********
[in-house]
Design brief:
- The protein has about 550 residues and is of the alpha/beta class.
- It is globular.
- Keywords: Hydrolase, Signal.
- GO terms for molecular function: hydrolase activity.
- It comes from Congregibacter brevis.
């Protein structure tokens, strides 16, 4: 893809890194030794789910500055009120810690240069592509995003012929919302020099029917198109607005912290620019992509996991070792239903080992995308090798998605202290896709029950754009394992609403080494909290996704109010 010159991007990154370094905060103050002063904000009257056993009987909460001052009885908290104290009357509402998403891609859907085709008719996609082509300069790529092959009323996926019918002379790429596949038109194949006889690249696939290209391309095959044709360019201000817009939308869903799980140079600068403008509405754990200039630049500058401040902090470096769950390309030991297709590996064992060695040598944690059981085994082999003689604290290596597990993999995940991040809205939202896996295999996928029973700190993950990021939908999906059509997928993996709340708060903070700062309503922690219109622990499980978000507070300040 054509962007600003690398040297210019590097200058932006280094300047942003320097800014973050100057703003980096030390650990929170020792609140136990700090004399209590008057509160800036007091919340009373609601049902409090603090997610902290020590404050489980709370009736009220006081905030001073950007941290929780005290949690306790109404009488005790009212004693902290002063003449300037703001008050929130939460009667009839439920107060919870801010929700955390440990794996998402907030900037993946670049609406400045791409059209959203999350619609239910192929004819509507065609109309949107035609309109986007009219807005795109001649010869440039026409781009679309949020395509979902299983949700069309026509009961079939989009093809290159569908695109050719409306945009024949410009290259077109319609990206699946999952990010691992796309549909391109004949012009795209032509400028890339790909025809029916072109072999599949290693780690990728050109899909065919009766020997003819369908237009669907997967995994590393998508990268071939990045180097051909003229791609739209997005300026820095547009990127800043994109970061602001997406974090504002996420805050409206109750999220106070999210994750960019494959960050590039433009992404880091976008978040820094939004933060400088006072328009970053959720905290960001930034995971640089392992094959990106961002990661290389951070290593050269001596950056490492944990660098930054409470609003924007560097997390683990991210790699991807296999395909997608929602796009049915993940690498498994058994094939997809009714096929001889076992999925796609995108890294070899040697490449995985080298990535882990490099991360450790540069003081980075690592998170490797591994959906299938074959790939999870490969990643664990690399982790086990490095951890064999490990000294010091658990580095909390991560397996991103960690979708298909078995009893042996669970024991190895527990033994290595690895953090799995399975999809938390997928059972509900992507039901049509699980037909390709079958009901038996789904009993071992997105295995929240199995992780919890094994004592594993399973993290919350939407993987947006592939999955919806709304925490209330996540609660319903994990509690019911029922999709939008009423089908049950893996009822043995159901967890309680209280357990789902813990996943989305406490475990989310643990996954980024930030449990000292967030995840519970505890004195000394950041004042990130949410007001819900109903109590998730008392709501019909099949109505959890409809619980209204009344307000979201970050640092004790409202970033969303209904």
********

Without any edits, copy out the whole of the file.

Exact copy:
[in-house]
Design brief:
- The protein has about 550 residues and is of the alpha/beta class.
- It is globular.
- Keywords: Hydrolase, Signal.
- GO terms for molecular function: hydrolase activity.
- It comes from Congregibacter brevis.
């Protein structure tokens, strides 16, 4: 893809890194030794789910500055009120810690240069592509995003012929919302020099029917198109607005912290620019992509996991070792239903080992995308090798998605202290896709029950754009394992609403080494909290996704109010 010159991007990154370094905060103050002063904000009257056993009987909460001052009885908290104290009357509402998403891609859907085709008719996609082509300069790529092959009323996926019918002379790429596949038109194949006889690249696939290209391309095959044709360019201000817009939308869903799980140079600068403008509405754990200039630049500058401040902090470096769950390309030991297709590996064992060695040598944690059981085994082999003689604290290596597990993999995940991040809205939202896996295999996928029973700190993950990021939908999906059509997928993996709340708060903070700062309503922690219109622990499980978000507070300040 054509962007600003690398040297210019590097200058932006280094300047942003320097800014973050100057703003980096030390650990929170020792609140136990700090004399209590008057509160800036007091919340009373609601049902409090603090997610902290020590404050489980709370009736009220006081905030001073950007941290929780005290949690306790109404009488005790009212004693902290002063003449300037703001008050929130939460009667009839439920107060919870801010929700955390440990794996998402907030900037993946670049609406400045791409059209959203999350619609239910192929004819509507065609109309949107035609309109986007009219807005795109001649010869440039026409781009679309949020395509979902299983949700069309026509009961079939989009093809290159569908695109050719409306945009024949410009290259077109319609990206699946999952990010691992796309549909391109004949012009795209032509400028890339790909025809029916072109072999599949290693780690990728050109899909065919009766020997003819369908237009669907997967995994590393998508990268071939990045180097051909003229791609739209997005300026820095547009990127800043994109970061602001997406974090504002996420805050409206109750999220106070999210994750960019494959960050590039433009992404880091976008978040820094939004933060400088006072328009970053959720905290960001930034995971640089392992094959990106961002990661290389951070290593050269001596950056490492944990660098930054409470609003924007560097997390683990991210790699991807296999395909997608929602796009049915993940690498498994058994094939997809009714096929001889076992999925796609995108890294070899040697490449995985080298990535882990490099991360450790540069003081980075690592998170490797591994959906299938074959790939999870490969990643664990690399982790086990490095951890064999490990000294010091658990580095909390991560397996991103960690979708298909078995009893042996669970024991190895527990033994290595690895953090799995399975999809938390997928059972509900992507039901049509699980037909390709079958009901038996789904009993071992997105295995929240199995992780919890094994004592594993399973993290919350939407993987947006592939999955919806709304925490209330996540609660319903994990509690019911029922999709939008009423089908049950893996009822043995159901967890309680209280357990789902813990996943989305406490475990989310643990996954980024930030449990000292967030995840519970505890004195000394950041004042990130949410007001819900109903109590998730008392709501019909099949109505959890409809619980209204009344307000979201970050640092004790409202970033969303209904």